You may think you know the lyrics to these popular tunes, but trust me, you don’t. They’ve been altered and re-written many times over the years, and some verses have been dropped completely. The versions we know today are unrecognizable.
The original lyrics will turn your stomach. They were written in a made-up dialect designed to mock the way black Americans spoke at the time, and they frequently used racist epithets. Below are a few excerpts that will give you an idea of how abhorrent they really are. If you want to read more (and I have no idea why you would), you can view the original scores on the International Music Score Library Project’s website.
CONTENT WARNING: The lyrics below contain offensive, racist content. Read at your own risk.
My Old Kentucky Home
The sun shines bright in the old Kentucky home.
’Tis summer, the darkeys are gay…
…The time has come when the darkies have to part,
Then my old Kentucky home, good-night!
The head must bow and the back will have to bend,
Wherever the darkey may go.
A few more days and the trouble all will end,
In the field where the sugar canes grow.
Gwine to Run All Night (aka De Camptown Races)
De Camptown ladies sing dis song.
De Camptown race track five miles long.
Oh! Doo-dah day!
I come down dah wid my hat caved in.
I go back home wid a pocket full of tin.
Oh! Doo-dah day!
Gwine to run all night!
Gwine to run all day!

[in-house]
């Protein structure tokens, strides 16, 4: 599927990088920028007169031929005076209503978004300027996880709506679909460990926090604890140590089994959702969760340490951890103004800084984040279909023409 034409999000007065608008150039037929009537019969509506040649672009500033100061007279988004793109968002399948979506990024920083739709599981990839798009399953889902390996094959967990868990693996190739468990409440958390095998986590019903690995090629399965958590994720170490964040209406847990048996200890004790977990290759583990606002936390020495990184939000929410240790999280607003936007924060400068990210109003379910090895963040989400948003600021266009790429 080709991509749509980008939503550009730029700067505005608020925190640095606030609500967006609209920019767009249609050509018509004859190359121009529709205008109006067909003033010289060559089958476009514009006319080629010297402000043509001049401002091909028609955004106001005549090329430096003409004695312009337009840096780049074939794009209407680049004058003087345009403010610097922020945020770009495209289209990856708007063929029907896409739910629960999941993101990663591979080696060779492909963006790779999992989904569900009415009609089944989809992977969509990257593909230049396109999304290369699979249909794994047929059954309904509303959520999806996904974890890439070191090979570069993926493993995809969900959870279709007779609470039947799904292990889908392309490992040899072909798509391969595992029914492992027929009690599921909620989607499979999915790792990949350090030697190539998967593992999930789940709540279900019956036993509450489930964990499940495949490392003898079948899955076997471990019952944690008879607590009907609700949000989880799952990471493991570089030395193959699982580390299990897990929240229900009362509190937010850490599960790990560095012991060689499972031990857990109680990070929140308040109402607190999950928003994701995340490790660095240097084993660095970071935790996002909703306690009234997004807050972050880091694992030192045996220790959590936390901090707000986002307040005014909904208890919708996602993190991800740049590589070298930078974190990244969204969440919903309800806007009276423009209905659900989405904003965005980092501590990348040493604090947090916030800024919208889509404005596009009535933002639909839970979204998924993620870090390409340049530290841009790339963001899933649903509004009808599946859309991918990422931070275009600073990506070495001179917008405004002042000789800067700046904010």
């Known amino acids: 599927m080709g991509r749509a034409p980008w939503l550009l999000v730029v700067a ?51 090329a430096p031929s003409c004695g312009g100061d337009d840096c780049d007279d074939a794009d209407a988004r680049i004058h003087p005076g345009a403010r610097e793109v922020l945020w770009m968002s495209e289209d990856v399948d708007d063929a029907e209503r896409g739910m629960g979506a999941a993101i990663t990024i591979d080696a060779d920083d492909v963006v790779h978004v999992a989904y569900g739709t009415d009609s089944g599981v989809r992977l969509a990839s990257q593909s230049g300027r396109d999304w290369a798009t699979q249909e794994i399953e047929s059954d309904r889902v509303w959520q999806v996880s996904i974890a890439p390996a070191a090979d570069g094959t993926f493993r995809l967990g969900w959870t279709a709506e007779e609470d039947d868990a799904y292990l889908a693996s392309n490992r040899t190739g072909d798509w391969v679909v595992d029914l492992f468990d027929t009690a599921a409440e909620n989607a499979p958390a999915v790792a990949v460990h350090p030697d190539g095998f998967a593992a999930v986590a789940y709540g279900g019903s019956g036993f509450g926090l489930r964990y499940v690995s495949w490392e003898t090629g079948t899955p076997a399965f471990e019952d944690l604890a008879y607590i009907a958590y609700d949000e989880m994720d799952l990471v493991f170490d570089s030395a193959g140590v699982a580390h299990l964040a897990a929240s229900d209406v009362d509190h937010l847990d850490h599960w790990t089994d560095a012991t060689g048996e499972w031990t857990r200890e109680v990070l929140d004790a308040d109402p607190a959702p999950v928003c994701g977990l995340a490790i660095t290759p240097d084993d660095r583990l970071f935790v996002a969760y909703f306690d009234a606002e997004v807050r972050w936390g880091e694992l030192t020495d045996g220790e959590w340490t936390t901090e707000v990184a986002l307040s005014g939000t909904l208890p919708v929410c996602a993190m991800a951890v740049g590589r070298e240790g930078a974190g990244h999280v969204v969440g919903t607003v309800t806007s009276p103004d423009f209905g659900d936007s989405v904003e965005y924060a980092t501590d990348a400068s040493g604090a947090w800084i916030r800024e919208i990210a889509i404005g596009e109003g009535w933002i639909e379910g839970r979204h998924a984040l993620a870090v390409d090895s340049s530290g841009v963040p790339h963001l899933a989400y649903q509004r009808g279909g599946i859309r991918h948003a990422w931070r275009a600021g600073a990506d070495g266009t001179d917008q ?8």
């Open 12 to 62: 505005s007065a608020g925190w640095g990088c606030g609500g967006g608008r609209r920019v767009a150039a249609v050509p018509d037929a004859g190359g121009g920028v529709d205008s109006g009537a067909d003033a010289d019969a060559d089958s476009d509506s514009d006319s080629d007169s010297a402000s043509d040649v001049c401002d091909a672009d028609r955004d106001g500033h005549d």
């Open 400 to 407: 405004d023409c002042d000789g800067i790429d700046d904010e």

I’ll bet my money on de bob-tail nag,
Somebody bet on de bay…
Old Folks at Home (aka Swanee River)
Way down upon de Swanee ribber,
Far, far away,
Dere’s what my heart is turning ebber,
Dere’s wha de old folks say.
All up and down de whole creation,
Sadly I roam,
Still longing for de old plantation
And for de old folks at home.
All de world am sad and dreary
Ebry where I roam.
Oh! Darkeys how my heart grows weary,
Far from de old folks at home…
…I jumped aboard de telegraph and trabbled down de riber,
De lectric fluid magnified and killed five hundred n****rs…
…I soon will be in New Orleans and den I’ll look all round,
And when I find Susanna I will fall upon de ground,
And if I do not find her, dis darkie’l surely die,
And when I’m dead and buried, Susanna don’t you cry…
Here’s another disgusting tidbit from the song “Oh! Lemuel!”
Oh! Lemuel my lark.
Oh Lemuel my beau.
I’s guine to gib a ball tonight,
I’d hab you for to know;
But if you want to dance,
Just dance outside de door
Becayse your feet so berry large
Dey’ll cover all de floor…
…Go down to de cotton field!
Go down, I say!
Go down and call de n***a boys all,
We’ll work no more today…
Can’t you just picture some asshole in blackface singing that? I can’t read anymore of these lyrics because I’ll have to throw up.
While some of his other songs may not contain any racist content (“Beautiful Dreamer,” for instance), personally I don’t feel good about hearing them now knowing who wrote them and who originally performed them, and I think it’s time we acknowledge what Stephen Collins Foster really was: a racist. Hey, media, stop using these songs!